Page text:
Aelian, Historia Varia 3.1:
When Anaxagoras of Clazomenae was talking seriously with his companions, someone came to him and told him that his two sons, the only ones he had, were dead. Anaxagoras, not a bit disturbed, said, that he knew that he had fathered mortals.
When Xenophon was sacrificing, a herald from Mantineia came to him saying that his son Gryllus had died. Xenophon set aside his garland and finished sacrificing. When the messenger then added to the previous sentence the fact that he had at least died victorious, Xenophon put the garland back on his head. This story is common, and has made its rounds among the masses.
Dion, the son of Hipparinus and the associate of Plato, happened to be engaged in some common business of the people, when his son fell from the roof down to the courtyard and died. Dion did not turn his attention toward this, but continued doing what he had been working on at first, and finished the business he was engaged in.
They say that Antigonus the Second, when some people brought his son’s corpse to him from the battlefield, looked upon it and without changing color or shedding a tear, praised him as a good soldier and ordered that his body be buried.
Edward Gibbon, The Decline and Fall of the Roman Empire (Chp. V):
The emperor Gallienus, who had long supported with impatience the censorial severity of his father and colleague, received the intelligence of his misfortunes with secret pleasure and avowed indifference. “I knew that my father was a mortal,” said he; “and since he has acted as it becomes a brave man, I am satisfied.” Whilst Rome lamented the fate of her sovereign, the savage coldness of his son was extolled by the servile courtiers as the perfect firmness of a hero and a stoic.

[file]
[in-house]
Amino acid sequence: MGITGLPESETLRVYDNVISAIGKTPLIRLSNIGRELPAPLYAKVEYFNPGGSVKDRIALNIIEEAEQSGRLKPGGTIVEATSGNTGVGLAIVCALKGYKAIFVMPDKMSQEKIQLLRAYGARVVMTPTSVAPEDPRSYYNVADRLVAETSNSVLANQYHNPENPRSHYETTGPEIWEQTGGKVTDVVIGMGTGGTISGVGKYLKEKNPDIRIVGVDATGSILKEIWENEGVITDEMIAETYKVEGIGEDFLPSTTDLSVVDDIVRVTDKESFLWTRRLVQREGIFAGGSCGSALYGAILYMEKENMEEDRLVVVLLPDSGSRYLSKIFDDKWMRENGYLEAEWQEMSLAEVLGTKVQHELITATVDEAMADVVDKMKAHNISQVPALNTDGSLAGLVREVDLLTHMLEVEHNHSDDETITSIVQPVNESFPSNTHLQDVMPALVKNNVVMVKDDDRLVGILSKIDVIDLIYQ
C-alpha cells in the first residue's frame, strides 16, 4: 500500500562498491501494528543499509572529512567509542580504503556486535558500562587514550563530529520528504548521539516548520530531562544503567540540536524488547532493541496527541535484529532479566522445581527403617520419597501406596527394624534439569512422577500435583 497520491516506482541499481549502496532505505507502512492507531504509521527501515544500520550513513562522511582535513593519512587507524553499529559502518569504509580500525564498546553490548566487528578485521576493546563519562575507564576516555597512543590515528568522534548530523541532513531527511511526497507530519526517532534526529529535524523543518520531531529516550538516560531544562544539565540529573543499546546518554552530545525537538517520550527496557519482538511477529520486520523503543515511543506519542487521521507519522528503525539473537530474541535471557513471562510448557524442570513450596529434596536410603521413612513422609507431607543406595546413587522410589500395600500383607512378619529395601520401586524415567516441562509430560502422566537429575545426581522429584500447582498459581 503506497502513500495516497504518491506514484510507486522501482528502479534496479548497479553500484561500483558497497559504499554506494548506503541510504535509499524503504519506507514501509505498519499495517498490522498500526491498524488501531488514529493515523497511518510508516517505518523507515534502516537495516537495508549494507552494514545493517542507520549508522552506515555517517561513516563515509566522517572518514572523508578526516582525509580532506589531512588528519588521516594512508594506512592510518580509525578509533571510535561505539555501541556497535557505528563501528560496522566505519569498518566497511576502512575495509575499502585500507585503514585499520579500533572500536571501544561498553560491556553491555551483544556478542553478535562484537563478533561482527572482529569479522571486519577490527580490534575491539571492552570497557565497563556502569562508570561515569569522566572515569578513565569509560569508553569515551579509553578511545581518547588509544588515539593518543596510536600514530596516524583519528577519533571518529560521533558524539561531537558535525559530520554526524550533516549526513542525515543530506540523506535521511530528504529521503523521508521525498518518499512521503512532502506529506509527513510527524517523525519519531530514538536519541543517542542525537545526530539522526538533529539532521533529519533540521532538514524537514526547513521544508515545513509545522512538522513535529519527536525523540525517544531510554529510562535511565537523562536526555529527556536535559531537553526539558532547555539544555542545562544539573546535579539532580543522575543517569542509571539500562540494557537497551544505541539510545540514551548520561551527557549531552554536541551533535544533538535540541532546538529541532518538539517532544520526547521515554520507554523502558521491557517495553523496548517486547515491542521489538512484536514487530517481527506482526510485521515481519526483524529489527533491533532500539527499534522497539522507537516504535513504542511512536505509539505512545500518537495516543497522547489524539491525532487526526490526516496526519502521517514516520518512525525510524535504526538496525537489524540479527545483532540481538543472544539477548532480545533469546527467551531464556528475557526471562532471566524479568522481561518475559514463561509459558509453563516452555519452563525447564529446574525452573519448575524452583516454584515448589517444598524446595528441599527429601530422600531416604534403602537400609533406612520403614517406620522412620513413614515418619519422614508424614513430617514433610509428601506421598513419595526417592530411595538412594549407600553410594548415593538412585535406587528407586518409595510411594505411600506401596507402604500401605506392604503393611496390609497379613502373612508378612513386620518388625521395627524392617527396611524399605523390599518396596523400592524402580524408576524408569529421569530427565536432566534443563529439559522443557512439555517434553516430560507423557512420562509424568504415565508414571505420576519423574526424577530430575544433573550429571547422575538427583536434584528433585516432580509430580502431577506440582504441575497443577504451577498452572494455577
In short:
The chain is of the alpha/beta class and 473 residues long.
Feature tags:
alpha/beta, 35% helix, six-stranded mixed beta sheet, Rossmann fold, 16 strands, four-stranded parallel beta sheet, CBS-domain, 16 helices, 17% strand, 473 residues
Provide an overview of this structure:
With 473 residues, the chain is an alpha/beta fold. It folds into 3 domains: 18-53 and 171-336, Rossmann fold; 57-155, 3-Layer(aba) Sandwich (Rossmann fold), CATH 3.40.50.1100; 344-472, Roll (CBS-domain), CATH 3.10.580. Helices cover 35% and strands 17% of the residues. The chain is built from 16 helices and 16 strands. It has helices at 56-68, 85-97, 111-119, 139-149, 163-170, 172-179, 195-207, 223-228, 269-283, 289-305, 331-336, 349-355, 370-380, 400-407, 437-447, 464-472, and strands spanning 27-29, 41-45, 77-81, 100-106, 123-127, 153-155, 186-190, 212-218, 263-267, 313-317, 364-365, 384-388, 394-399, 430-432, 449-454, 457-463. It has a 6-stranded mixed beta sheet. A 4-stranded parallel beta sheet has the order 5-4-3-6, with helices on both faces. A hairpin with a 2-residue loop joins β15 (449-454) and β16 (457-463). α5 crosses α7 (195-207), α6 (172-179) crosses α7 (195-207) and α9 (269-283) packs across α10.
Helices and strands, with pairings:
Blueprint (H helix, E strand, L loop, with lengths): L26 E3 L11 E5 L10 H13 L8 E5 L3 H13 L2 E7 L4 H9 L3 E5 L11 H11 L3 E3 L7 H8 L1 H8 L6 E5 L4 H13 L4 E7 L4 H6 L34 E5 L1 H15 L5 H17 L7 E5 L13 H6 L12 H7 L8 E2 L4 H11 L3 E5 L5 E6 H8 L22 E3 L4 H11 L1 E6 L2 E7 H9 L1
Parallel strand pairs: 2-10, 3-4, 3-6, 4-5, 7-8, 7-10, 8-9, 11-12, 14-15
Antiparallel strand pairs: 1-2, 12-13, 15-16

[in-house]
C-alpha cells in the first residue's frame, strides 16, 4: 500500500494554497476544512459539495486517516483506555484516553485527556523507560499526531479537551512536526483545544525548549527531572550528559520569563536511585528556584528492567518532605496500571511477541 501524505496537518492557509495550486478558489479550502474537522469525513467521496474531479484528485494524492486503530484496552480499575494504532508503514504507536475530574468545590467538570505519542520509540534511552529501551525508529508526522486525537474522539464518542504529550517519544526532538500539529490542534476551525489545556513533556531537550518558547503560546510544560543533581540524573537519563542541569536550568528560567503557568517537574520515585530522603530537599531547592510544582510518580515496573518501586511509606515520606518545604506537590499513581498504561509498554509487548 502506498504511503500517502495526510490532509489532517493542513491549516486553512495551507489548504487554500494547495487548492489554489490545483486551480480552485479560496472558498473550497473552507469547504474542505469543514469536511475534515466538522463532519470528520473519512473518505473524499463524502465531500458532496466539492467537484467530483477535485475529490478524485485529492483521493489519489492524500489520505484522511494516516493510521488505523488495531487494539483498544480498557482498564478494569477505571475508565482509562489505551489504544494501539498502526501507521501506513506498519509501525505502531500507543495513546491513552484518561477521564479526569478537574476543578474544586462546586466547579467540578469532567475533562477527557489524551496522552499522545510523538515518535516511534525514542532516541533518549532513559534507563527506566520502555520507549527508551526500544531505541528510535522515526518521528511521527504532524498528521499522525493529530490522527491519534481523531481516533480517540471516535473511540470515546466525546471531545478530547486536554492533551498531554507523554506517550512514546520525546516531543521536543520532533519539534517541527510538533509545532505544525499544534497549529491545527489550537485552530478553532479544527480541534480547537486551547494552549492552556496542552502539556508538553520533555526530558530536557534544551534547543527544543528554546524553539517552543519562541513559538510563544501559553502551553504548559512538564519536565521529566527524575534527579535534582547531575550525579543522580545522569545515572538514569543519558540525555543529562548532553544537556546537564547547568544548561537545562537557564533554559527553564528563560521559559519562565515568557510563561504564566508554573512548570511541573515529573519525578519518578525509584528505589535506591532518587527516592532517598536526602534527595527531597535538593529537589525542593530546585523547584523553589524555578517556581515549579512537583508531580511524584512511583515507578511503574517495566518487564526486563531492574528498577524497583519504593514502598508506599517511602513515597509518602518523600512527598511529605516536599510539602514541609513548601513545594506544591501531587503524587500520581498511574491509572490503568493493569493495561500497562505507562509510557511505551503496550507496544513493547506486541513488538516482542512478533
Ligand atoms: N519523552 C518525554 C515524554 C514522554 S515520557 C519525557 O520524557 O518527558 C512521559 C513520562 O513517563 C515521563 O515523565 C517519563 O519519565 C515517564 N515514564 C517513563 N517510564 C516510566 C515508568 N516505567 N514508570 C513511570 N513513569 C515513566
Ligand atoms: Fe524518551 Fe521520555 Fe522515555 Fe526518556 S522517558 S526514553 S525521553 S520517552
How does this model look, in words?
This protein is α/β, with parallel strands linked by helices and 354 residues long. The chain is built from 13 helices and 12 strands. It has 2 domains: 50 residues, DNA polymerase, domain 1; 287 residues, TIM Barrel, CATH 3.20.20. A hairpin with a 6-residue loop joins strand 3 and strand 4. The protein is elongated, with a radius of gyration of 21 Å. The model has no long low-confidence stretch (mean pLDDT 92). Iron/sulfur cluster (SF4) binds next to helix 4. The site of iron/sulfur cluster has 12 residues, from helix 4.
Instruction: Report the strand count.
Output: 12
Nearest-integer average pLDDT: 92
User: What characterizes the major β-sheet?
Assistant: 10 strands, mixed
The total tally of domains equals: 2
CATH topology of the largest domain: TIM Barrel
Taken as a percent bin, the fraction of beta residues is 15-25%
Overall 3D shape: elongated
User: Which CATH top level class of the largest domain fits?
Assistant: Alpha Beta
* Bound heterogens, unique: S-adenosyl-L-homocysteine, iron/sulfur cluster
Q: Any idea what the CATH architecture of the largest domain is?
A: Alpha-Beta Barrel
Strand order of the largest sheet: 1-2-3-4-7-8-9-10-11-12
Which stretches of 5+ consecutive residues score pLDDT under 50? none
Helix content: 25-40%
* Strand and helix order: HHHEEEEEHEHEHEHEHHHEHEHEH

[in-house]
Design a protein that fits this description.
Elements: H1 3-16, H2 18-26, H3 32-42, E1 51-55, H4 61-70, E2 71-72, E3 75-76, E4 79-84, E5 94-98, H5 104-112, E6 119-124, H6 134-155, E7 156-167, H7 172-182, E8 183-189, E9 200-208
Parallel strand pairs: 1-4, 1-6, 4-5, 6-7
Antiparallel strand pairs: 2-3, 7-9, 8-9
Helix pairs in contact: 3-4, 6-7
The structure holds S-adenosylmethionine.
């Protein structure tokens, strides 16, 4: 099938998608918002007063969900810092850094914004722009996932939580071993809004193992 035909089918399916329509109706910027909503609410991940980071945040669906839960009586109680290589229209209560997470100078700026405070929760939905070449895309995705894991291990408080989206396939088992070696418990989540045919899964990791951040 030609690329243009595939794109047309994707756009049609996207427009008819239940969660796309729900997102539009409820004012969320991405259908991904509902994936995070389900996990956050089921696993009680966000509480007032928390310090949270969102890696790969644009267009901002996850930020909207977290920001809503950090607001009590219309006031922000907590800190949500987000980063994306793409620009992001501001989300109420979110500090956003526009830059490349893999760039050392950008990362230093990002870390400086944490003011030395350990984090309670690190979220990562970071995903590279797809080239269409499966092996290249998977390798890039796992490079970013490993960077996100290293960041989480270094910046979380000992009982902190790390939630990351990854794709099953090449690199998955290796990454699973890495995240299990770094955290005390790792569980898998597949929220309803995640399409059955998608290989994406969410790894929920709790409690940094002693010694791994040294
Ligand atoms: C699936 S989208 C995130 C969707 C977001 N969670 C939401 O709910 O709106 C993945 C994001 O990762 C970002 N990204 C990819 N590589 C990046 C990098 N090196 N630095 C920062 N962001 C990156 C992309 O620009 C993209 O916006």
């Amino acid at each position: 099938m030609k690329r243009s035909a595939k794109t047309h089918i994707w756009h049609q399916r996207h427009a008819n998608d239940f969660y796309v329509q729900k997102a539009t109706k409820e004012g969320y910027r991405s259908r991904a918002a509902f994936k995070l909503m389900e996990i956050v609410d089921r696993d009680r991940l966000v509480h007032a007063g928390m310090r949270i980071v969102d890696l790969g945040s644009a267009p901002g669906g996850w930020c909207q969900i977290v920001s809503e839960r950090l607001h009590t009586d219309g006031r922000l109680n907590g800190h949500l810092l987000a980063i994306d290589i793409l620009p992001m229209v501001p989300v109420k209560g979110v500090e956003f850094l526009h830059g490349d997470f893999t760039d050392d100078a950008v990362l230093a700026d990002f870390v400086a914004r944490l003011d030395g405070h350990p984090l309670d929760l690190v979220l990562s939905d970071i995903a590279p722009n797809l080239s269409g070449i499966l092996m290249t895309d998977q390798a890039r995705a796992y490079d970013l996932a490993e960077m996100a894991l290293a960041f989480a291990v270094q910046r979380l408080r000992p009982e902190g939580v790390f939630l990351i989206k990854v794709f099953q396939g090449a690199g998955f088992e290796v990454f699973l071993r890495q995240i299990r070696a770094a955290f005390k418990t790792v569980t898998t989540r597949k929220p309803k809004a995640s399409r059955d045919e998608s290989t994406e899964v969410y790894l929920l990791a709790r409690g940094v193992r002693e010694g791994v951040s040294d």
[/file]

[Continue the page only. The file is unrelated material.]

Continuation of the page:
᾿Αναξαγόρᾳ τις τῷ Κλαζομενίῳ σπουδάζοντι πρὸς τοὺς ἑταίρους προσελθὼν ἔφη τεθνηκέναι οἱ τοὺς δύο παῖδας οὕσπερ οὖν εἶχε μόνους ὁ ᾿Αναξαγόρας. ὃ δὲ μηδὲν διαταραχθεὶς εἶπεν ‘ᾔδειν θνητοὺς γεγεννηκώς.’
Ξενοφῶντι θύοντι ἧκέ τις ἐκ Μαντινείας ἄγγελος, λέγων τὸν υἱὸν αὐτοῦ τὸν Γρύλλον τεθνάναι· κἀκεῖνος ἀπέθετο μὲν τὸν στέφανον, διετέλει δὲ θύων. ἐπεὶ δὲ ὁ ἄγγελος προσέθηκε τῷ πρότερον λόγῳ καὶ ἐκεῖνον τὸν λέγοντα ὅτι νικῶν μέντοι τέθνηκε, πάλιν ὁ Ξενοφῶν ἐπέθετο τῇ κεφαλῇ τὸν στέφανον. ταῦτα μὲν οὖν δημώδη καὶ ἐς πολλοὺς ἐκπεφοίτηκεν.
Δίων δὲ ὁ ῾Ιππαρίνου μὲν παῖς Πλάτωνος δὲ ὁμιλητὴς ἔτυχε μὲν χρηματίζων ὑπέρ τινων δημοσίων καὶ κοινῶν πραγμάτων, ὁ δὲ παῖς αὐτοῦ ἐκ τοῦ τέγους κατενεχθεὶς ἐς τὴν αὐλὴν τὸν βίον κατέστρεψεν. οὐδὲν οὖν ἐπὶ τούτοις μετεβάλετο ὁ Δίων, ἀλλ’ ὅπερ οὖν ἐξ ἀρχῆς ἔπραττε, τοῦτο καὶ δρῶν διετέλεσεν.
᾿Αντίγονόν γε μήν φασι τὸν δεύτερον ἐπεί τινες τὸν υἱὸν αὐτῷ ἐκ τῆς παρατάξεως ἐκόμισαν νεκρόν, εἶδε μὲν αὐτόν, οὐδὲν δὲ τρέψας τοῦ χρωτός, οὐδὲ μὴν ἐπιδακρύσας, ἐπαινέσας δὲ ὡς ἀγαθὸν στρατιώτην, θάπτειν προσέταξεν.